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Whether you're overseas and already seeing it in your local multiplex, or in the United States and waiting impatiently until next Friday, there's clearly only one movie that's got the whole world frothing at the mouth to see it: The Avengers. Joss Whedon's take on this collection of Marvel superheroes is the first big blockbuster of the summer movie season, and the question isn't so much if you want to see it, but how many times, where, and maybe most importantly, whether or not to see it in 3D.
We're here to help with that last part, with the latest installment of our To 3D or not to 3D column. We've set up a list of factors that go into making 3D good or bad and rank the movie based on all of them, from whether or not there's enough popping out at the screen to if it will make you sick. For our actual, 4.5-star review of The Avengers, go here; for the lowdown on the 3D, and the ultimate guide for what ticket to buy, keep reading.
Does It Fit?
Live-action films starring actual human beings can be tricky in 3D, since it's generally animated characters and spaces that do the best with the format-- and despite the presence of the Hulk and some aliens from outer space, a lot of The Avengers is about actual humans (or demigods). And maybe even more importantly, a lot of the movie is scenes of people talking to each other-- hugely important for developing these characters and making the movie work as well as it does. When the action gets started it's all the kind of stuff that works for 3D, but all the things that make The Avengers a smart, well-made movie also keep it from quite being the giant spectacle that demands you slap on the 3D glasses.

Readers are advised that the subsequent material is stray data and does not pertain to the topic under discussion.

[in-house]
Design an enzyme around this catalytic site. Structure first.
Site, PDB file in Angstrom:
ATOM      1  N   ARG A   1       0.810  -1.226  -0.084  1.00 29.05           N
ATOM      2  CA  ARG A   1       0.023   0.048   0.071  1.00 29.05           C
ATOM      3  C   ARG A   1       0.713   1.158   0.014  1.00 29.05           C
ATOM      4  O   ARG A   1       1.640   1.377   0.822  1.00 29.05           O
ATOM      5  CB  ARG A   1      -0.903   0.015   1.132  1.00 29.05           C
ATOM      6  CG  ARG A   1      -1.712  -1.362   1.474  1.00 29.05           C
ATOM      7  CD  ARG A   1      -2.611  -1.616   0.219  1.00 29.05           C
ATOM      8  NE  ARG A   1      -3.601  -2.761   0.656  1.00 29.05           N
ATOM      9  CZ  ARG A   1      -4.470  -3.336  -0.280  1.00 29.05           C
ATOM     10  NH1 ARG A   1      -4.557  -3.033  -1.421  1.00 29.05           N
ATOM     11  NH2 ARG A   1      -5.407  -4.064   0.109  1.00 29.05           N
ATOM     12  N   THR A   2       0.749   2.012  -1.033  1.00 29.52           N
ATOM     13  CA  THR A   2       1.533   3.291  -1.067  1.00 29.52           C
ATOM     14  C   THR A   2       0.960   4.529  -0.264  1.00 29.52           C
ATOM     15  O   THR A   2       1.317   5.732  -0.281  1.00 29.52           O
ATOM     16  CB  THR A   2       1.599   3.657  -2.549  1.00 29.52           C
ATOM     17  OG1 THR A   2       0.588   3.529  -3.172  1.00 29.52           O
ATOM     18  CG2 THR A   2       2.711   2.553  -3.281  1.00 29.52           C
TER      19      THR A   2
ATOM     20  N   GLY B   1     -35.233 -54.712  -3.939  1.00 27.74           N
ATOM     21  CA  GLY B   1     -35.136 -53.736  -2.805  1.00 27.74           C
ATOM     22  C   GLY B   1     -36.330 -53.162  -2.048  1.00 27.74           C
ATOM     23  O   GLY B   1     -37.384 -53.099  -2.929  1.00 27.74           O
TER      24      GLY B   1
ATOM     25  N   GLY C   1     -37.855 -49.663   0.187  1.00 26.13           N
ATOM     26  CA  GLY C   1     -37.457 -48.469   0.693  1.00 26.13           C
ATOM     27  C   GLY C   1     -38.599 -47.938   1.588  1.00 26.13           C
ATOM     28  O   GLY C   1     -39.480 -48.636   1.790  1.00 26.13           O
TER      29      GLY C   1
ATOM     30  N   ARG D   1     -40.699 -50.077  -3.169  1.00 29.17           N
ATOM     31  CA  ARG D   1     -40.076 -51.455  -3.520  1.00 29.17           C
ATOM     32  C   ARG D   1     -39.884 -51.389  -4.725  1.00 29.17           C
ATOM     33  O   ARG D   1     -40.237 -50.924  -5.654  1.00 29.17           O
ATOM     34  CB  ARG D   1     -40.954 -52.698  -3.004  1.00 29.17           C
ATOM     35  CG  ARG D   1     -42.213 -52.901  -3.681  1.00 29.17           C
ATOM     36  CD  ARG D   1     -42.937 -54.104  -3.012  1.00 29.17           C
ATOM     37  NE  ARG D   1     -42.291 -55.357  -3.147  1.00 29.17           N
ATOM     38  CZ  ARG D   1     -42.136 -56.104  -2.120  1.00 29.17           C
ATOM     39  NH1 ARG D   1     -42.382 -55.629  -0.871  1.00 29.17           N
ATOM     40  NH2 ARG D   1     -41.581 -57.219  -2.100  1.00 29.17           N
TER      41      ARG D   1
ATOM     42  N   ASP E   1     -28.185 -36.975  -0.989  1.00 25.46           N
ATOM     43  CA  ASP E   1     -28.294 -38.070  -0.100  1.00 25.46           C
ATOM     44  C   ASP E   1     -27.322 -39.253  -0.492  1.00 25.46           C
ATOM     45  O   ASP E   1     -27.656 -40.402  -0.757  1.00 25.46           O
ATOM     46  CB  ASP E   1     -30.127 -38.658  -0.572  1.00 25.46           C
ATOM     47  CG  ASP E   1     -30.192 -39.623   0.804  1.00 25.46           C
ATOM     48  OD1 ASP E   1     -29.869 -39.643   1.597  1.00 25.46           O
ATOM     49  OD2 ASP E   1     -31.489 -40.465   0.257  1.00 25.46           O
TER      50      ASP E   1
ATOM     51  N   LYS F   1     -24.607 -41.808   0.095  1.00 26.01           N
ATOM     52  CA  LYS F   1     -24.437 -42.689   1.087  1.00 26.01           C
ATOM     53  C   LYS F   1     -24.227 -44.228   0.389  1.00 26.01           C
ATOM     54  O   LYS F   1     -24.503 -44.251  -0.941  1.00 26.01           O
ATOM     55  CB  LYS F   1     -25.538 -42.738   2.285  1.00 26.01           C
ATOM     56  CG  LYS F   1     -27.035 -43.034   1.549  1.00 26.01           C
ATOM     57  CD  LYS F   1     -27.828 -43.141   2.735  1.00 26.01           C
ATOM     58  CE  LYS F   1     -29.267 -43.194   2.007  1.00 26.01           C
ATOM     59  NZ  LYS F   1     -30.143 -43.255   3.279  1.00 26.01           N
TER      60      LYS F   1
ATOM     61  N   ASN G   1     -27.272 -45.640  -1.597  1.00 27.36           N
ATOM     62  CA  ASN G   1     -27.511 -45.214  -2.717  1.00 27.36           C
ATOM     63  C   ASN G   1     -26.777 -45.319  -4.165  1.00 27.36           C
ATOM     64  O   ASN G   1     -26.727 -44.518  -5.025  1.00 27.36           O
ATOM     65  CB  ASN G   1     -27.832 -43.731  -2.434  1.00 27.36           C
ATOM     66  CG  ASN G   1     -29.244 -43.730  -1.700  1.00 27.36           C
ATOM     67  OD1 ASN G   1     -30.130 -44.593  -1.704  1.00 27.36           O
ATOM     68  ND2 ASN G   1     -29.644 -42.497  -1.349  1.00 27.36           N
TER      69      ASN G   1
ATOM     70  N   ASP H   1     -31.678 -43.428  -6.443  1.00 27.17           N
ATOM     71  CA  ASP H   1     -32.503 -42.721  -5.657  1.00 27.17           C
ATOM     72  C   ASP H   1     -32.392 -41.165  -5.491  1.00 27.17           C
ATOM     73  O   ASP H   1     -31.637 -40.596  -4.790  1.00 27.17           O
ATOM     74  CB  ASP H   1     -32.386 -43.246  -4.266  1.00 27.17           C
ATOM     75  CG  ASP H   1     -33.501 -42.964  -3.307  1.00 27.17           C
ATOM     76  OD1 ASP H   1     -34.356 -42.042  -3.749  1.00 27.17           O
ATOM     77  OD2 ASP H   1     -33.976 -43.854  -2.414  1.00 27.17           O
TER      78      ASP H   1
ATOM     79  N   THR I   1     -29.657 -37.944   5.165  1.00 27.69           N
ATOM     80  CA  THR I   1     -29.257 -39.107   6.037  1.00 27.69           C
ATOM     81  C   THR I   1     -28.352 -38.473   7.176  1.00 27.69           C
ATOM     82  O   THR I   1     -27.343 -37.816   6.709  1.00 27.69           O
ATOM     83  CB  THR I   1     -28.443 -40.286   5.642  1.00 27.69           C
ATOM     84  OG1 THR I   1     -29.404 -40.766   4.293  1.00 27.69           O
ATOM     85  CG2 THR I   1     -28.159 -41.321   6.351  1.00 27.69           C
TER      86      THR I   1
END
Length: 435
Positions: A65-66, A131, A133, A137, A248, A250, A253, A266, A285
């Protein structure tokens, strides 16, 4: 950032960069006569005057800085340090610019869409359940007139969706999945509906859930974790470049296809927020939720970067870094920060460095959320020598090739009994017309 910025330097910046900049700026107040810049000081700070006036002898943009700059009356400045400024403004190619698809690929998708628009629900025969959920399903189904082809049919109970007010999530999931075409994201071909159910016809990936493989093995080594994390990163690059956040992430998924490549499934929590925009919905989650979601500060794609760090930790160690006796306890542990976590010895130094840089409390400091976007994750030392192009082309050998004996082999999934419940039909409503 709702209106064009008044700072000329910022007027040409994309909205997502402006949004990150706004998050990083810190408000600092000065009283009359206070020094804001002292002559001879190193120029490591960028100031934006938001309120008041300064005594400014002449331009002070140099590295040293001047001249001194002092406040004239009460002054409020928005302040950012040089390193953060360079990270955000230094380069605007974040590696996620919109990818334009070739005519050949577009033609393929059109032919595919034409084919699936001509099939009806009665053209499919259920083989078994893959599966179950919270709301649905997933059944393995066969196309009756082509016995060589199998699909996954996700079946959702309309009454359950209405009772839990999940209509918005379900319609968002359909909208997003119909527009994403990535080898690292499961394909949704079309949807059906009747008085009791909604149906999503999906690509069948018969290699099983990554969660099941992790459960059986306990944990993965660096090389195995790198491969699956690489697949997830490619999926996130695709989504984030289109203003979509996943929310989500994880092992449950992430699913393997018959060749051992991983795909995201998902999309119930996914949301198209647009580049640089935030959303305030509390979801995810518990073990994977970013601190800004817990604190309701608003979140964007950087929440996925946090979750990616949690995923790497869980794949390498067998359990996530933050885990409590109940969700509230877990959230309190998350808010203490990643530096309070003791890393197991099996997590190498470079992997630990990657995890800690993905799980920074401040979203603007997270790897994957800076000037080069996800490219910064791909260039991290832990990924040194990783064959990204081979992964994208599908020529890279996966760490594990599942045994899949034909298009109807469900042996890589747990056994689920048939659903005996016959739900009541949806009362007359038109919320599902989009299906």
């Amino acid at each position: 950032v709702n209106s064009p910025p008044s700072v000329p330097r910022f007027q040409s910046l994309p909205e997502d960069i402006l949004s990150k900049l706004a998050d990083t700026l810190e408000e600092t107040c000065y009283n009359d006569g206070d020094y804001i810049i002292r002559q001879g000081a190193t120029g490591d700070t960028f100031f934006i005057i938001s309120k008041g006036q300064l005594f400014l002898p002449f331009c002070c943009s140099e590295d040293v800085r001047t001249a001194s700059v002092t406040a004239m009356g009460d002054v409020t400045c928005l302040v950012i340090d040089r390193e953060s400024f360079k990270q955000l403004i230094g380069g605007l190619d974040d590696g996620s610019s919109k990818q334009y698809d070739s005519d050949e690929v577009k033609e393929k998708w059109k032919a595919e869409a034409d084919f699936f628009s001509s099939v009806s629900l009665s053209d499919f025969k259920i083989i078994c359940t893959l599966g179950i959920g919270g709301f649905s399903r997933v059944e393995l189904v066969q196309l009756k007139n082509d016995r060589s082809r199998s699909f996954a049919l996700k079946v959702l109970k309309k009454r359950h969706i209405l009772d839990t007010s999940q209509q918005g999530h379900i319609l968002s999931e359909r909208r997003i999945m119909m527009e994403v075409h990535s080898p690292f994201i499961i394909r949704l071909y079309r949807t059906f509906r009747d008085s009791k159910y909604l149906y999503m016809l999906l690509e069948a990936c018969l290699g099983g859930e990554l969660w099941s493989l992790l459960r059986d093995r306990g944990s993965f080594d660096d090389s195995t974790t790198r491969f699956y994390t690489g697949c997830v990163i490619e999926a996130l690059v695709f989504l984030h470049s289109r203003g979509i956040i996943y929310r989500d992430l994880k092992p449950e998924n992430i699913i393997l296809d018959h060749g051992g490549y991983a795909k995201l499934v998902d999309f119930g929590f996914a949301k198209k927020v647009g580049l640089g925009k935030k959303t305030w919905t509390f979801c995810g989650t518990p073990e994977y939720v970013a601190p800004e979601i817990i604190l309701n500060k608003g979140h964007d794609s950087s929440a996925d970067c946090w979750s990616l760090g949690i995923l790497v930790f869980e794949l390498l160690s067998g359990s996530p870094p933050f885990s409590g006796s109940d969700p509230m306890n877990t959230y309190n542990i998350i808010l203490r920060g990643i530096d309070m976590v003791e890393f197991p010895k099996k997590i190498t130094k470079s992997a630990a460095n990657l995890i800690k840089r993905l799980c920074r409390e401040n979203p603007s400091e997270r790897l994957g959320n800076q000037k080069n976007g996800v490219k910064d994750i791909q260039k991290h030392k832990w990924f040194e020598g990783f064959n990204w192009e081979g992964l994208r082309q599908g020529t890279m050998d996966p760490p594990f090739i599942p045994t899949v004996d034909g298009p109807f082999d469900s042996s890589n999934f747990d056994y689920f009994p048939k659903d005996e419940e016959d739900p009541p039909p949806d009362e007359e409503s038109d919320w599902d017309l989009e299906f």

Fit Score: 3/5
Planning & Effort
When The Avengers was first gearing up for production, the rumor went around that it would be shot with 3D cameras, and they only confirmed in late 2011 that it would in fact be post-converted. But Joss Whedon has made it clear in interviews that he was planning for the 3D, and given that both Captain America and Thor were 3D films as well, there's no way they made this movie without 3D in mind. You have to dock a point for the post-conversion, since an actual 3D camera seems like the only way to plan properly, but they still have this whole thing worked out pretty well.